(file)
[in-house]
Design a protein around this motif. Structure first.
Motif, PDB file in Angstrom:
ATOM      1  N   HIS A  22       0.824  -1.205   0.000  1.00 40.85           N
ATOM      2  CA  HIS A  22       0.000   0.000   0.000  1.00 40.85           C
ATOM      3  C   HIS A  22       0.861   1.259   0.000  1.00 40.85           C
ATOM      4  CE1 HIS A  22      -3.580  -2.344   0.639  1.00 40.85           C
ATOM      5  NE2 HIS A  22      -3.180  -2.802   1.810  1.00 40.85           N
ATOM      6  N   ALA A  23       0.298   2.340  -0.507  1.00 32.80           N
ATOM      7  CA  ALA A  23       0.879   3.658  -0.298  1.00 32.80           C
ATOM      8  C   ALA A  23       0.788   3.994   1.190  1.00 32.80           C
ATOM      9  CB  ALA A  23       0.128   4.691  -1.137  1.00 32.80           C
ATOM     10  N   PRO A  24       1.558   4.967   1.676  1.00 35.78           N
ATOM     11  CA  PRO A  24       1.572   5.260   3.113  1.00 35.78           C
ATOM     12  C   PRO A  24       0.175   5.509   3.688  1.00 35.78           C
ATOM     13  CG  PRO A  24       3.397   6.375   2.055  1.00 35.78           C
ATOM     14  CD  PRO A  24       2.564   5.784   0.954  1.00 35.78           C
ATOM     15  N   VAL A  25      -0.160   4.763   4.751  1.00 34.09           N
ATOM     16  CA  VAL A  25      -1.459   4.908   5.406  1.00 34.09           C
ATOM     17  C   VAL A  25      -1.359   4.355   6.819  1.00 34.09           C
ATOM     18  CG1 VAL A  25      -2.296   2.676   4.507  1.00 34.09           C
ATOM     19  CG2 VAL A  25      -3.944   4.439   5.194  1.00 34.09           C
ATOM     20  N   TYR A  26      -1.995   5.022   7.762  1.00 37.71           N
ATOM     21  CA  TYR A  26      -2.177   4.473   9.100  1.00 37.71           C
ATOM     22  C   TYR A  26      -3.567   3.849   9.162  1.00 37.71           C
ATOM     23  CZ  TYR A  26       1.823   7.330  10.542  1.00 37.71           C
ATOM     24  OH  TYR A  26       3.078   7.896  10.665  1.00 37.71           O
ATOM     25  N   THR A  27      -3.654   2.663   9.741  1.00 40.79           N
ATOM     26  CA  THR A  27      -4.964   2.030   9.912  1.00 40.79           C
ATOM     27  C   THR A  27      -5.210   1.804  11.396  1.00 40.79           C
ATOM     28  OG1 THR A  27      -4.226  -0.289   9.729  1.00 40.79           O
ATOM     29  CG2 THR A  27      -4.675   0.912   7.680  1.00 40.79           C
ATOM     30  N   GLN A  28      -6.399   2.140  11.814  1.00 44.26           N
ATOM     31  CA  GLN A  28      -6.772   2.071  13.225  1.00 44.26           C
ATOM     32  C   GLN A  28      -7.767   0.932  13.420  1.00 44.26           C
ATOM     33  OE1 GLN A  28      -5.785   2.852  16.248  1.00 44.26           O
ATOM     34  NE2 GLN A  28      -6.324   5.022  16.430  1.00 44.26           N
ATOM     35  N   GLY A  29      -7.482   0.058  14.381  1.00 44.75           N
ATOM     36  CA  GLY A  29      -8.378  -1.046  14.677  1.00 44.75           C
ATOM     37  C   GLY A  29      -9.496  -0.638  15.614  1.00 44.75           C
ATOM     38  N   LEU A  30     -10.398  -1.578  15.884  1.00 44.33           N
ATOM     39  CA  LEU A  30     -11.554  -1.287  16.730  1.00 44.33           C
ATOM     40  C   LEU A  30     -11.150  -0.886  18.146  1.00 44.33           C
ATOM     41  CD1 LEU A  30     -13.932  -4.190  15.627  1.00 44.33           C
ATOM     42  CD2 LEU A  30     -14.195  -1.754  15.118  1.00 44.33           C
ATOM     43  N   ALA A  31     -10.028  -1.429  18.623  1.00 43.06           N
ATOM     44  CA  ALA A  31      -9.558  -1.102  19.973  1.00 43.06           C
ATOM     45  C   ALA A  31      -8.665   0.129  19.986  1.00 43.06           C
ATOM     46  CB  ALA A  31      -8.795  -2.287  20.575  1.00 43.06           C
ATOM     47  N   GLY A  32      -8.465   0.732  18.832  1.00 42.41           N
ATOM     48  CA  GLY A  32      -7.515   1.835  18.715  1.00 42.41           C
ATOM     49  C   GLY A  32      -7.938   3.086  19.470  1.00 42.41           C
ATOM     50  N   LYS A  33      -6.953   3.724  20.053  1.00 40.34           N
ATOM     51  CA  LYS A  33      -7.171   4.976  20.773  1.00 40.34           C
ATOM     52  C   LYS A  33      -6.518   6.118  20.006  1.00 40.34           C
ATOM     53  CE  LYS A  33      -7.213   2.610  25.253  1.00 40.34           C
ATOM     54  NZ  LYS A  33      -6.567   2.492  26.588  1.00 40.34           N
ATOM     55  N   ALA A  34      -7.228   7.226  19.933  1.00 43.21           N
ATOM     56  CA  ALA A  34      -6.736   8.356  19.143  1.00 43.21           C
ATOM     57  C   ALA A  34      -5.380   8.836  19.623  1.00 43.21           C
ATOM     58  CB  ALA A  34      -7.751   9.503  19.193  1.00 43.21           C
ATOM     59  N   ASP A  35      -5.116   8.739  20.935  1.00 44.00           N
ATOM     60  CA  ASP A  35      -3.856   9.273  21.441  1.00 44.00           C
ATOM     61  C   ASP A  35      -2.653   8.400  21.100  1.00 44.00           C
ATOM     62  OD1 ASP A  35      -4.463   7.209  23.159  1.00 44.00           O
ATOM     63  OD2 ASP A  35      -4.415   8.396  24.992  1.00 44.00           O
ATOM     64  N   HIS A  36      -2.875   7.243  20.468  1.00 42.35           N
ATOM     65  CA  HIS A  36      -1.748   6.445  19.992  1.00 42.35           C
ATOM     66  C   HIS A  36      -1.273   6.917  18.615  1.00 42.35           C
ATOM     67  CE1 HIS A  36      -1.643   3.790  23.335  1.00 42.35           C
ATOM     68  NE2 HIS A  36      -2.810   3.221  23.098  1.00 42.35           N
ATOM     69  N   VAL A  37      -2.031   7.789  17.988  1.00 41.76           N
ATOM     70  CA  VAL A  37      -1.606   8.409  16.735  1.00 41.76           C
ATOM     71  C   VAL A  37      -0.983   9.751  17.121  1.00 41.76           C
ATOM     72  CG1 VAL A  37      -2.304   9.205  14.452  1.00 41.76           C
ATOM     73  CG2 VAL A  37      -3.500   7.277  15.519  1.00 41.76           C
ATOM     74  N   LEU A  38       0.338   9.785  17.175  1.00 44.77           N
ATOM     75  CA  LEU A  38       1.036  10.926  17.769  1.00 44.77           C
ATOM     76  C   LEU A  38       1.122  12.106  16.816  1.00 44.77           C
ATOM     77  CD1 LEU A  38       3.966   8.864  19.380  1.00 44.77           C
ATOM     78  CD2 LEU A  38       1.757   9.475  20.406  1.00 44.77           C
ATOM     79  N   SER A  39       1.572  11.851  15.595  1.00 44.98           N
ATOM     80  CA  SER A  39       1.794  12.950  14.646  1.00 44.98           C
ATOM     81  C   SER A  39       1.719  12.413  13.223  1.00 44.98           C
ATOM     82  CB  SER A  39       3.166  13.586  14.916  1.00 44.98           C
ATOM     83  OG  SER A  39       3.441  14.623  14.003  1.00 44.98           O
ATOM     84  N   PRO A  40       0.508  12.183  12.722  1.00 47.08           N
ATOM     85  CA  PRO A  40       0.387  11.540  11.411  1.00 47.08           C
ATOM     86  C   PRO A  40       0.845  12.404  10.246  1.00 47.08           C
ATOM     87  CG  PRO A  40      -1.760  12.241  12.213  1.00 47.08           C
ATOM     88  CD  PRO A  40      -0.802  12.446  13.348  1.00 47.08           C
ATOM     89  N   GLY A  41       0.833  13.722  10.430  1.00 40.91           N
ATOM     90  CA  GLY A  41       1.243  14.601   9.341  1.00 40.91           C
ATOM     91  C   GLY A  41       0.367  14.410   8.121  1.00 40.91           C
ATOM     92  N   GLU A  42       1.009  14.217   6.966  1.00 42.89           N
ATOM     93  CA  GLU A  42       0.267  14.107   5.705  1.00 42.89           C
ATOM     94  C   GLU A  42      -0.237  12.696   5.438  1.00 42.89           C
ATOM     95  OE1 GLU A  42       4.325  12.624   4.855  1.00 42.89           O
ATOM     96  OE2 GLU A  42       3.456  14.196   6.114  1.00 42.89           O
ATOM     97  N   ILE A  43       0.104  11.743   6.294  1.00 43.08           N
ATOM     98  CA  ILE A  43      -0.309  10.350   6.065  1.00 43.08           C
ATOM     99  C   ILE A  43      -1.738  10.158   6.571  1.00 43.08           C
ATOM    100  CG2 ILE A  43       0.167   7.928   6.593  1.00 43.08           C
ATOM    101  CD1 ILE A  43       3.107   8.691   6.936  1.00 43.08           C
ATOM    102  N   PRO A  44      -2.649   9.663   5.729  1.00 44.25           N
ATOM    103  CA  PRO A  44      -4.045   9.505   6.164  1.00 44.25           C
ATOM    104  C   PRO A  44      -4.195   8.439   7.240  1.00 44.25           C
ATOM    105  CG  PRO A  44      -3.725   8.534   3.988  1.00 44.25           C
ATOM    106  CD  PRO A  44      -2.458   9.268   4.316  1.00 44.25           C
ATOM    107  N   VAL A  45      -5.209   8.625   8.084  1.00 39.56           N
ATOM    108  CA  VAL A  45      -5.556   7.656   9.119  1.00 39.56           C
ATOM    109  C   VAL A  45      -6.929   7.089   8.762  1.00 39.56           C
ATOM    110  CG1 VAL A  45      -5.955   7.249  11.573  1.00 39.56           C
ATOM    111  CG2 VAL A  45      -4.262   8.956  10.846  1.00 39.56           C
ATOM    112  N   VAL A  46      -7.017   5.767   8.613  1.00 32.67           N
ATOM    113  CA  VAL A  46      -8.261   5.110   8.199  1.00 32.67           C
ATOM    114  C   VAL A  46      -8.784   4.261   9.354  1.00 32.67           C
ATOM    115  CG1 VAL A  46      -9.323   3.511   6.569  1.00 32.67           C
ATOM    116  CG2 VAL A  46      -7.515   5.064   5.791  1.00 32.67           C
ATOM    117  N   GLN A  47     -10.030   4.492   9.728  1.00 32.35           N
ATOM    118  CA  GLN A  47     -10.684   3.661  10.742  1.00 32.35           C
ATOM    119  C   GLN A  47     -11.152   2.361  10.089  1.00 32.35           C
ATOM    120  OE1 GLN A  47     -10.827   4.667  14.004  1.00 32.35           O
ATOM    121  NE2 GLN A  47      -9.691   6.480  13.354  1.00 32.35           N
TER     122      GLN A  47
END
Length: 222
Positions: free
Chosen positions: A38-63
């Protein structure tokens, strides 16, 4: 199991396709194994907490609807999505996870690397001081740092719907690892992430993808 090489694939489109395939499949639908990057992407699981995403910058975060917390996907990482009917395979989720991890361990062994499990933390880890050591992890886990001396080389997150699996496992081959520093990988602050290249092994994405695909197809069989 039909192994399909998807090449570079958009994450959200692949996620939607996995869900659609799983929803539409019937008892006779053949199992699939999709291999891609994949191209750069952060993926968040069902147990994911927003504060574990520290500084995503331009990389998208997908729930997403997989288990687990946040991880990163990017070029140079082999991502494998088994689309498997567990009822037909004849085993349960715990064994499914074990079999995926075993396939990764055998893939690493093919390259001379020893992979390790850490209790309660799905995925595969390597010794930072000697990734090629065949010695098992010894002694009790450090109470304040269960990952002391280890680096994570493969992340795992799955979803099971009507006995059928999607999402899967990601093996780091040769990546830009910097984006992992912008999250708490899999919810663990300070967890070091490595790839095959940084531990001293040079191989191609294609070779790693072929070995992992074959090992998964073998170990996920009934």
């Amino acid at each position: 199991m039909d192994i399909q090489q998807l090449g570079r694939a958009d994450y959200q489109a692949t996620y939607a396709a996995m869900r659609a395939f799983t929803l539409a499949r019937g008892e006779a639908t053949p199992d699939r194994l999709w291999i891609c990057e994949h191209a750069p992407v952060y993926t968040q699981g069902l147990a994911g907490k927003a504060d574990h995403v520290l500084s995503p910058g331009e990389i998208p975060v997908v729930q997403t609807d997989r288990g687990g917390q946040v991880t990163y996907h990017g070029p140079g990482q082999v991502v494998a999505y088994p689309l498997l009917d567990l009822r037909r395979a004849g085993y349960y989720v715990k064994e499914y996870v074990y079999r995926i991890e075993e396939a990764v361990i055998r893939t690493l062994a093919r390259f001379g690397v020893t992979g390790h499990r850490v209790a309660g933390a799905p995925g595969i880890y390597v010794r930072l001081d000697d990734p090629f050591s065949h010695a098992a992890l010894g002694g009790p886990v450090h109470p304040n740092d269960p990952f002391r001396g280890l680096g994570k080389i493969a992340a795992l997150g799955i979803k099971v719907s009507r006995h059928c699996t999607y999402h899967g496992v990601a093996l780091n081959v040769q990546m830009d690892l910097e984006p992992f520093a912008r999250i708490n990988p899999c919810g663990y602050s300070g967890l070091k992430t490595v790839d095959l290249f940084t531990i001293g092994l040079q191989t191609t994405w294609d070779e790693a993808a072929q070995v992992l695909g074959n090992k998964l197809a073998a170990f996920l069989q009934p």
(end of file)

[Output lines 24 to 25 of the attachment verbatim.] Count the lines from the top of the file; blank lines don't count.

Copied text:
ATOM     21  CA  TYR A  26      -2.177   4.473   9.100  1.00 37.71           C
ATOM     22  C   TYR A  26      -3.567   3.849   9.162  1.00 37.71           C